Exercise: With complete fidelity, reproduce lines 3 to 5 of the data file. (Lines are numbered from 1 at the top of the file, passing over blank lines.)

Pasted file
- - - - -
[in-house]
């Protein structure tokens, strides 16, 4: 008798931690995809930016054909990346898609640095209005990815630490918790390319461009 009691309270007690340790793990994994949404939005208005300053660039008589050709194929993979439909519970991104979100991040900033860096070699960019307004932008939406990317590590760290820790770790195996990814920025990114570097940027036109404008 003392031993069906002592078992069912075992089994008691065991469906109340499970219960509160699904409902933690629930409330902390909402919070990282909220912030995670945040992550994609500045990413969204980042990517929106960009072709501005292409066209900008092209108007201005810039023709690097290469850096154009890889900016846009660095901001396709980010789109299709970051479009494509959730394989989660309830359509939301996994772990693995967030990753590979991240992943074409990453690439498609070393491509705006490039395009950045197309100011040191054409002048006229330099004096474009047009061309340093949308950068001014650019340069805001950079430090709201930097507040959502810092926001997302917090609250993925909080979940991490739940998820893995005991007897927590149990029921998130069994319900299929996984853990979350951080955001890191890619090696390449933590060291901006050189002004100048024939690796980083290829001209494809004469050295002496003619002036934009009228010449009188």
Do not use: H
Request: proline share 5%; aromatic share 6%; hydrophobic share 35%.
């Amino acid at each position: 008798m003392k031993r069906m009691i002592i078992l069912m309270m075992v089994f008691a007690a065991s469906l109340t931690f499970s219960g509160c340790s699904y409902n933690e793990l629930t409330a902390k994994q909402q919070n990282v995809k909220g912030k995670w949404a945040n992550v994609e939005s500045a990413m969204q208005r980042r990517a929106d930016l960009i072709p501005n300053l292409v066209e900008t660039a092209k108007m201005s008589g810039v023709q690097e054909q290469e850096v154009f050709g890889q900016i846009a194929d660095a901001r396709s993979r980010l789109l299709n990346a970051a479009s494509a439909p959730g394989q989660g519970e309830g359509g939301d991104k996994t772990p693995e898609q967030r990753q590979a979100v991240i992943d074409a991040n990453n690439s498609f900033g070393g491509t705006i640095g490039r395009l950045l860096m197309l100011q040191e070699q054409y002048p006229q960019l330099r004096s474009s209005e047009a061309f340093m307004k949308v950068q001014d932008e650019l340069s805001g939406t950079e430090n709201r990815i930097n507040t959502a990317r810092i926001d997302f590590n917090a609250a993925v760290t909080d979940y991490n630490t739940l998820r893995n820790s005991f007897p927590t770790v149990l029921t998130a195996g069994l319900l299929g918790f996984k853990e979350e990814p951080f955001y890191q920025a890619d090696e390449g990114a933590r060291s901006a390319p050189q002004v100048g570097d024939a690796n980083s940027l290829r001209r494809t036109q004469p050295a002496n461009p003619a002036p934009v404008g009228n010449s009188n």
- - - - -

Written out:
Do not use: H
Request: proline share 5%; aromatic share 6%; hydrophobic share 35%.
């Amino acid at each position: 008798m003392k031993r069906m009691i002592i078992l069912m309270m075992v089994f008691a007690a065991s469906l109340t931690f499970s219960g509160c340790s699904y409902n933690e793990l629930t409330a902390k994994q909402q919070n990282v995809k909220g912030k995670w949404a945040n992550v994609e939005s500045a990413m969204q208005r980042r990517a929106d930016l960009i072709p501005n300053l292409v066209e900008t660039a092209k108007m201005s008589g810039v023709q690097e054909q290469e850096v154009f050709g890889q900016i846009a194929d660095a901001r396709s993979r980010l789109l299709n990346a970051a479009s494509a439909p959730g394989q989660g519970e309830g359509g939301d991104k996994t772990p693995e898609q967030r990753q590979a979100v991240i992943d074409a991040n990453n690439s498609f900033g070393g491509t705006i640095g490039r395009l950045l860096m197309l100011q040191e070699q054409y002048p006229q960019l330099r004096s474009s209005e047009a061309f340093m307004k949308v950068q001014d932008e650019l340069s805001g939406t950079e430090n709201r990815i930097n507040t959502a990317r810092i926001d997302f590590n917090a609250a993925v760290t909080d979940y991490n630490t739940l998820r893995n820790s005991f007897p927590t770790v149990l029921t998130a195996g069994l319900l299929g918790f996984k853990e979350e990814p951080f955001y890191q920025a890619d090696e390449g990114a933590r060291s901006a390319p050189q002004v100048g570097d024939a690796n980083s940027l290829r001209r494809t036109q004469p050295a002496n461009p003619a002036p934009v404008g009228n010449s009188n």